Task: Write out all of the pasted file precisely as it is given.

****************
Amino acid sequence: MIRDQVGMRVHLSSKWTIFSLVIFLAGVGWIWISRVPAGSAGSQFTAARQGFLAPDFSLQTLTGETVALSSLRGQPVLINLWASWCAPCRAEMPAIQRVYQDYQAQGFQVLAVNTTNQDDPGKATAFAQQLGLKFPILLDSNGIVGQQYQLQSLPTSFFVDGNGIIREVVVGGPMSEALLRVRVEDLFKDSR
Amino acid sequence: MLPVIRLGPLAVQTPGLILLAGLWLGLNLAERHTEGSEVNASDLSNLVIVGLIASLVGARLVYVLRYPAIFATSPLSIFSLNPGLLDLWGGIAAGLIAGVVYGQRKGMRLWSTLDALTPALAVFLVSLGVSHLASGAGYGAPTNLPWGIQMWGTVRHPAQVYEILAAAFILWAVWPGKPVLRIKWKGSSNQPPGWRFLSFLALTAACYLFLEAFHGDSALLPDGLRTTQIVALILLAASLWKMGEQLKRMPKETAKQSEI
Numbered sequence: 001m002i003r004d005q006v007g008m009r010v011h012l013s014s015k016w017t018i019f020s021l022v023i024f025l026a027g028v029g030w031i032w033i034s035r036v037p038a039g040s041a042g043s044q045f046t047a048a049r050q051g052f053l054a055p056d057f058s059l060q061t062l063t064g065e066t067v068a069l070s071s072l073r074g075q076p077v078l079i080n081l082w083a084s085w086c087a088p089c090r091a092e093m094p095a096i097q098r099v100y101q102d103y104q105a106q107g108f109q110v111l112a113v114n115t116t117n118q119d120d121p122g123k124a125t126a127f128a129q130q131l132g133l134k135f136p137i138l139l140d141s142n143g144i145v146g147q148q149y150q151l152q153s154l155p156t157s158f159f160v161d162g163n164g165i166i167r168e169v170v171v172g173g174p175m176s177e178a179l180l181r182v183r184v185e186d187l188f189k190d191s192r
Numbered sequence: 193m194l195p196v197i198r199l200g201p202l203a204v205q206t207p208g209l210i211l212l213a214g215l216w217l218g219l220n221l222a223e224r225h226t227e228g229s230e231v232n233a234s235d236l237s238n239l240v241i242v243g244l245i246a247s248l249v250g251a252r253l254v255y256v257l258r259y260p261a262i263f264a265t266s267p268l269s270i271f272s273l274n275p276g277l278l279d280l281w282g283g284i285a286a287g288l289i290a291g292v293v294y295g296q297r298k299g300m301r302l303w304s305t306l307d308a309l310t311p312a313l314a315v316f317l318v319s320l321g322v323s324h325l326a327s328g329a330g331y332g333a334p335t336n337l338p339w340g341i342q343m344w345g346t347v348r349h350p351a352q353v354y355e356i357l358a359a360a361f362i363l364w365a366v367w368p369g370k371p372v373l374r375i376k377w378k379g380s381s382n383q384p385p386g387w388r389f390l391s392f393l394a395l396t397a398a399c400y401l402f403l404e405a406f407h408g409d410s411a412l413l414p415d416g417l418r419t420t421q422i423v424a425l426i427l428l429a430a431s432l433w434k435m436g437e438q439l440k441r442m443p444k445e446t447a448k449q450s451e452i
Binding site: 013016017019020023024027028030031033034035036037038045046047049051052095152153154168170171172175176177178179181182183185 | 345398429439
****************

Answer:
Amino acid sequence: MIRDQVGMRVHLSSKWTIFSLVIFLAGVGWIWISRVPAGSAGSQFTAARQGFLAPDFSLQTLTGETVALSSLRGQPVLINLWASWCAPCRAEMPAIQRVYQDYQAQGFQVLAVNTTNQDDPGKATAFAQQLGLKFPILLDSNGIVGQQYQLQSLPTSFFVDGNGIIREVVVGGPMSEALLRVRVEDLFKDSR
Amino acid sequence: MLPVIRLGPLAVQTPGLILLAGLWLGLNLAERHTEGSEVNASDLSNLVIVGLIASLVGARLVYVLRYPAIFATSPLSIFSLNPGLLDLWGGIAAGLIAGVVYGQRKGMRLWSTLDALTPALAVFLVSLGVSHLASGAGYGAPTNLPWGIQMWGTVRHPAQVYEILAAAFILWAVWPGKPVLRIKWKGSSNQPPGWRFLSFLALTAACYLFLEAFHGDSALLPDGLRTTQIVALILLAASLWKMGEQLKRMPKETAKQSEI
Numbered sequence: 001m002i003r004d005q006v007g008m009r010v011h012l013s014s015k016w017t018i019f020s021l022v023i024f025l026a027g028v029g030w031i032w033i034s035r036v037p038a039g040s041a042g043s044q045f046t047a048a049r050q051g052f053l054a055p056d057f058s059l060q061t062l063t064g065e066t067v068a069l070s071s072l073r074g075q076p077v078l079i080n081l082w083a084s085w086c087a088p089c090r091a092e093m094p095a096i097q098r099v100y101q102d103y104q105a106q107g108f109q110v111l112a113v114n115t116t117n118q119d120d121p122g123k124a125t126a127f128a129q130q131l132g133l134k135f136p137i138l139l140d141s142n143g144i145v146g147q148q149y150q151l152q153s154l155p156t157s158f159f160v161d162g163n164g165i166i167r168e169v170v171v172g173g174p175m176s177e178a179l180l181r182v183r184v185e186d187l188f189k190d191s192r
Numbered sequence: 193m194l195p196v197i198r199l200g201p202l203a204v205q206t207p208g209l210i211l212l213a214g215l216w217l218g219l220n221l222a223e224r225h226t227e228g229s230e231v232n233a234s235d236l237s238n239l240v241i242v243g244l245i246a247s248l249v250g251a252r253l254v255y256v257l258r259y260p261a262i263f264a265t266s267p268l269s270i271f272s273l274n275p276g277l278l279d280l281w282g283g284i285a286a287g288l289i290a291g292v293v294y295g296q297r298k299g300m301r302l303w304s305t306l307d308a309l310t311p312a313l314a315v316f317l318v319s320l321g322v323s324h325l326a327s328g329a330g331y332g333a334p335t336n337l338p339w340g341i342q343m344w345g346t347v348r349h350p351a352q353v354y355e356i357l358a359a360a361f362i363l364w365a366v367w368p369g370k371p372v373l374r375i376k377w378k379g380s381s382n383q384p385p386g387w388r389f390l391s392f393l394a395l396t397a398a399c400y401l402f403l404e405a406f407h408g409d410s411a412l413l414p415d416g417l418r419t420t421q422i423v424a425l426i427l428l429a430a431s432l433w434k435m436g437e438q439l440k441r442m443p444k445e446t447a448k449q450s451e452i
Binding site: 013016017019020023024027028030031033034035036037038045046047049051052095152153154168170171172175176177178179181182183185 | 345398429439